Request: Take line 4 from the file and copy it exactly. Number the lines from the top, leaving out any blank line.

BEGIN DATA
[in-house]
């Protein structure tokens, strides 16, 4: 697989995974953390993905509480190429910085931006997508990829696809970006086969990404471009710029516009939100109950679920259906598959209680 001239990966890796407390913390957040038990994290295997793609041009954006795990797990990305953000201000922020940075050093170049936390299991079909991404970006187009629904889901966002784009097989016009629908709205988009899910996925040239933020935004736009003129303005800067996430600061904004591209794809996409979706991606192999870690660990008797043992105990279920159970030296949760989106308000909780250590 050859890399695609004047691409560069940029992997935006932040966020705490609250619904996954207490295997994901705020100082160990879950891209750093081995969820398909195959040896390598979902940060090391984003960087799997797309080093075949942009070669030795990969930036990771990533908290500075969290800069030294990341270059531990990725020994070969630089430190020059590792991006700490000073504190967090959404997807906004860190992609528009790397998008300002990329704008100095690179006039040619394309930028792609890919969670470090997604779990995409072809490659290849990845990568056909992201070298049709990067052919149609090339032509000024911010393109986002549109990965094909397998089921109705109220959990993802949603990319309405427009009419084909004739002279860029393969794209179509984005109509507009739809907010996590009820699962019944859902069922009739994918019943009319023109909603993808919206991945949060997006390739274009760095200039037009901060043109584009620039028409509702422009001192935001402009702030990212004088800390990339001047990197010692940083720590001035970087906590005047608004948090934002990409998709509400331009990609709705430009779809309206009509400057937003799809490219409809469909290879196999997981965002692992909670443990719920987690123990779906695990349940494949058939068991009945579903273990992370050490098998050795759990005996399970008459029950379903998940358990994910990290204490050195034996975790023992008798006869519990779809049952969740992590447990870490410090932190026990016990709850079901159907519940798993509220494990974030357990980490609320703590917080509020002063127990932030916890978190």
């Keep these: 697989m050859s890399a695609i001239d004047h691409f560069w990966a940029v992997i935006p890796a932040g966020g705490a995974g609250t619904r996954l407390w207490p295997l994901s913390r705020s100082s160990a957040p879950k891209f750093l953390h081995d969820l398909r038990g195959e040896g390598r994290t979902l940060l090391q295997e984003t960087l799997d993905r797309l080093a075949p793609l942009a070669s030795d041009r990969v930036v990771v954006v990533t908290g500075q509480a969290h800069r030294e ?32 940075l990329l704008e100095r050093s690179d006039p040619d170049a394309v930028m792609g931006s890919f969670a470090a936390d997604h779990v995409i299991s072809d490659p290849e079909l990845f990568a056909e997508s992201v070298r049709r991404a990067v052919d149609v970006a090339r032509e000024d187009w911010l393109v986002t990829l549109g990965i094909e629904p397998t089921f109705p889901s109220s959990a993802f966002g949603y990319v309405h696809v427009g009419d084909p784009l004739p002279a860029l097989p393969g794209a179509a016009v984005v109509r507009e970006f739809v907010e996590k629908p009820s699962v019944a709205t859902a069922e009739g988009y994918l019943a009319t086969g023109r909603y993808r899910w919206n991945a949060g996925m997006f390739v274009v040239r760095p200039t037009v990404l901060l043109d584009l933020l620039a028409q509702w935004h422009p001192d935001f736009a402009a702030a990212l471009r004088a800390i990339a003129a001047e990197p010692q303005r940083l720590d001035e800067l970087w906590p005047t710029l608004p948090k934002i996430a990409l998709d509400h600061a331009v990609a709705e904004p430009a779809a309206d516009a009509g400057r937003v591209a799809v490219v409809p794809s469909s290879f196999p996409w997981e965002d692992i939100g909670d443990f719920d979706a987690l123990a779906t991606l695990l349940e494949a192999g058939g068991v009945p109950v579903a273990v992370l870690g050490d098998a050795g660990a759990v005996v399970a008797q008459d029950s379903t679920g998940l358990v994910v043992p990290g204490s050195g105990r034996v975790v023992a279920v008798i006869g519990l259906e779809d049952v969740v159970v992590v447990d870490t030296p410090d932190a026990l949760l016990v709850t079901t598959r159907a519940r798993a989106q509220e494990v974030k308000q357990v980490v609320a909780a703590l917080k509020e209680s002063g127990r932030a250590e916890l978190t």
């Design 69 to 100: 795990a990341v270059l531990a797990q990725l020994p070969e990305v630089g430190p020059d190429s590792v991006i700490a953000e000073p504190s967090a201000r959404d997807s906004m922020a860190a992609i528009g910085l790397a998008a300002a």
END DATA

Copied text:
């Design 69 to 100: 795990a990341v270059l531990a797990q990725l020994p070969e990305v630089g430190p020059d190429s590792v991006i700490a953000e000073p504190s967090a201000r959404d997807s906004m922020a860190a992609i528009g910085l790397a998008a300002a």